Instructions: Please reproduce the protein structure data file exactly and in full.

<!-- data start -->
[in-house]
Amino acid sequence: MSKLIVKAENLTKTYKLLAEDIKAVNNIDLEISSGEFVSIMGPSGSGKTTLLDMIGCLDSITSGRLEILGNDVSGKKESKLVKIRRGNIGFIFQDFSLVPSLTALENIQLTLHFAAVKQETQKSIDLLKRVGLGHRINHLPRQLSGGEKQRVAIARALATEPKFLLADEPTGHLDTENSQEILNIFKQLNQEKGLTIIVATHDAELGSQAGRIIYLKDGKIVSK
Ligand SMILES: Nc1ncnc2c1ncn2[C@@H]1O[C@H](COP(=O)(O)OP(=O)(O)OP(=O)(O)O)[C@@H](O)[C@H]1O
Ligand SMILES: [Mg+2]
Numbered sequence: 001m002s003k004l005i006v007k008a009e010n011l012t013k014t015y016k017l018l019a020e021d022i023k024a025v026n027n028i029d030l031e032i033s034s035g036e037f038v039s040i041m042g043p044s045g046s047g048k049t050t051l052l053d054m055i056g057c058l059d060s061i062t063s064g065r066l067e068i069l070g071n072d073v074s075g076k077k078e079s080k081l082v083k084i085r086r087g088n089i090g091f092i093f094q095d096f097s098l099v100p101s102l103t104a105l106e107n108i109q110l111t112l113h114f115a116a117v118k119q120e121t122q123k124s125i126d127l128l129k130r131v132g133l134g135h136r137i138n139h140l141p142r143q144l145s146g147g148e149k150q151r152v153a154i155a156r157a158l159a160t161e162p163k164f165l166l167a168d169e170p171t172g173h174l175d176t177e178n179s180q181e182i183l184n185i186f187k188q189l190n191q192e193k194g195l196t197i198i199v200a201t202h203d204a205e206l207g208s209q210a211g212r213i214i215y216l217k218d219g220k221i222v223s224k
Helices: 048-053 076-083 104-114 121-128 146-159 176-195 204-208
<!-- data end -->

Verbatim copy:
[in-house]
Amino acid sequence: MSKLIVKAENLTKTYKLLAEDIKAVNNIDLEISSGEFVSIMGPSGSGKTTLLDMIGCLDSITSGRLEILGNDVSGKKESKLVKIRRGNIGFIFQDFSLVPSLTALENIQLTLHFAAVKQETQKSIDLLKRVGLGHRINHLPRQLSGGEKQRVAIARALATEPKFLLADEPTGHLDTENSQEILNIFKQLNQEKGLTIIVATHDAELGSQAGRIIYLKDGKIVSK
Ligand SMILES: Nc1ncnc2c1ncn2[C@@H]1O[C@H](COP(=O)(O)OP(=O)(O)OP(=O)(O)O)[C@@H](O)[C@H]1O
Ligand SMILES: [Mg+2]
Numbered sequence: 001m002s003k004l005i006v007k008a009e010n011l012t013k014t015y016k017l018l019a020e021d022i023k024a025v026n027n028i029d030l031e032i033s034s035g036e037f038v039s040i041m042g043p044s045g046s047g048k049t050t051l052l053d054m055i056g057c058l059d060s061i062t063s064g065r066l067e068i069l070g071n072d073v074s075g076k077k078e079s080k081l082v083k084i085r086r087g088n089i090g091f092i093f094q095d096f097s098l099v100p101s102l103t104a105l106e107n108i109q110l111t112l113h114f115a116a117v118k119q120e121t122q123k124s125i126d127l128l129k130r131v132g133l134g135h136r137i138n139h140l141p142r143q144l145s146g147g148e149k150q151r152v153a154i155a156r157a158l159a160t161e162p163k164f165l166l167a168d169e170p171t172g173h174l175d176t177e178n179s180q181e182i183l184n185i186f187k188q189l190n191q192e193k194g195l196t197i198i199v200a201t202h203d204a205e206l207g208s209q210a211g212r213i214i215y216l217k218d219g220k221i222v223s224k
Helices: 048-053 076-083 104-114 121-128 146-159 176-195 204-208